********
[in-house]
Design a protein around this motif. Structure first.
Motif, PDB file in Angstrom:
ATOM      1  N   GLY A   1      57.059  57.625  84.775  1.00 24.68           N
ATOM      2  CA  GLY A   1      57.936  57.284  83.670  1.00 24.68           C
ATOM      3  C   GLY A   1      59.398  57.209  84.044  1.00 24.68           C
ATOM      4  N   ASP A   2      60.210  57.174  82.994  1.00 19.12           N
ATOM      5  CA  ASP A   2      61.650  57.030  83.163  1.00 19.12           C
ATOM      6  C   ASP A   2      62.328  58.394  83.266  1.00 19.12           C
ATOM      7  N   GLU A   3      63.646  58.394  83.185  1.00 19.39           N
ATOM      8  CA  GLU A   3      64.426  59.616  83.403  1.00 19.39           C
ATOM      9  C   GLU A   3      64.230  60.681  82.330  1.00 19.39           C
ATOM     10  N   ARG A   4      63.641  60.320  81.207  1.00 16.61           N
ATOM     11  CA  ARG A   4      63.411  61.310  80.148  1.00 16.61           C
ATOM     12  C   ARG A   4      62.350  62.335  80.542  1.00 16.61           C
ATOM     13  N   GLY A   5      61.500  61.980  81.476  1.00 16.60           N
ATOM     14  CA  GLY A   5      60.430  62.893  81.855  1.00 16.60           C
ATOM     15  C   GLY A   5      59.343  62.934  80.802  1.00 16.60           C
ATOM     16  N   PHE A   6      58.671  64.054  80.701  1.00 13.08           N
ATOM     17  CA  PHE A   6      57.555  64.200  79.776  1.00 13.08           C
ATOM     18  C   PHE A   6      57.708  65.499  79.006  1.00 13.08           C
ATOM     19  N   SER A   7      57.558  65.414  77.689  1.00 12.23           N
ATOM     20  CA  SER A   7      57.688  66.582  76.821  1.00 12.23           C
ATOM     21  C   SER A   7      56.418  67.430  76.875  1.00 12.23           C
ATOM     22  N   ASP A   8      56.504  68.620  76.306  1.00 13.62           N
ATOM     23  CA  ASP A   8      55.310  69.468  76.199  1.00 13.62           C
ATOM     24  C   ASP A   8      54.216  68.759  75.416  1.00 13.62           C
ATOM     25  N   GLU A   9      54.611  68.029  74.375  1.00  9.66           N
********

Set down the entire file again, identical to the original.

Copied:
[in-house]
Design a protein around this motif. Structure first.
Motif, PDB file in Angstrom:
ATOM      1  N   GLY A   1      57.059  57.625  84.775  1.00 24.68           N
ATOM      2  CA  GLY A   1      57.936  57.284  83.670  1.00 24.68           C
ATOM      3  C   GLY A   1      59.398  57.209  84.044  1.00 24.68           C
ATOM      4  N   ASP A   2      60.210  57.174  82.994  1.00 19.12           N
ATOM      5  CA  ASP A   2      61.650  57.030  83.163  1.00 19.12           C
ATOM      6  C   ASP A   2      62.328  58.394  83.266  1.00 19.12           C
ATOM      7  N   GLU A   3      63.646  58.394  83.185  1.00 19.39           N
ATOM      8  CA  GLU A   3      64.426  59.616  83.403  1.00 19.39           C
ATOM      9  C   GLU A   3      64.230  60.681  82.330  1.00 19.39           C
ATOM     10  N   ARG A   4      63.641  60.320  81.207  1.00 16.61           N
ATOM     11  CA  ARG A   4      63.411  61.310  80.148  1.00 16.61           C
ATOM     12  C   ARG A   4      62.350  62.335  80.542  1.00 16.61           C
ATOM     13  N   GLY A   5      61.500  61.980  81.476  1.00 16.60           N
ATOM     14  CA  GLY A   5      60.430  62.893  81.855  1.00 16.60           C
ATOM     15  C   GLY A   5      59.343  62.934  80.802  1.00 16.60           C
ATOM     16  N   PHE A   6      58.671  64.054  80.701  1.00 13.08           N
ATOM     17  CA  PHE A   6      57.555  64.200  79.776  1.00 13.08           C
ATOM     18  C   PHE A   6      57.708  65.499  79.006  1.00 13.08           C
ATOM     19  N   SER A   7      57.558  65.414  77.689  1.00 12.23           N
ATOM     20  CA  SER A   7      57.688  66.582  76.821  1.00 12.23           C
ATOM     21  C   SER A   7      56.418  67.430  76.875  1.00 12.23           C
ATOM     22  N   ASP A   8      56.504  68.620  76.306  1.00 13.62           N
ATOM     23  CA  ASP A   8      55.310  69.468  76.199  1.00 13.62           C
ATOM     24  C   ASP A   8      54.216  68.759  75.416  1.00 13.62           C
ATOM     25  N   GLU A   9      54.611  68.029  74.375  1.00  9.66           N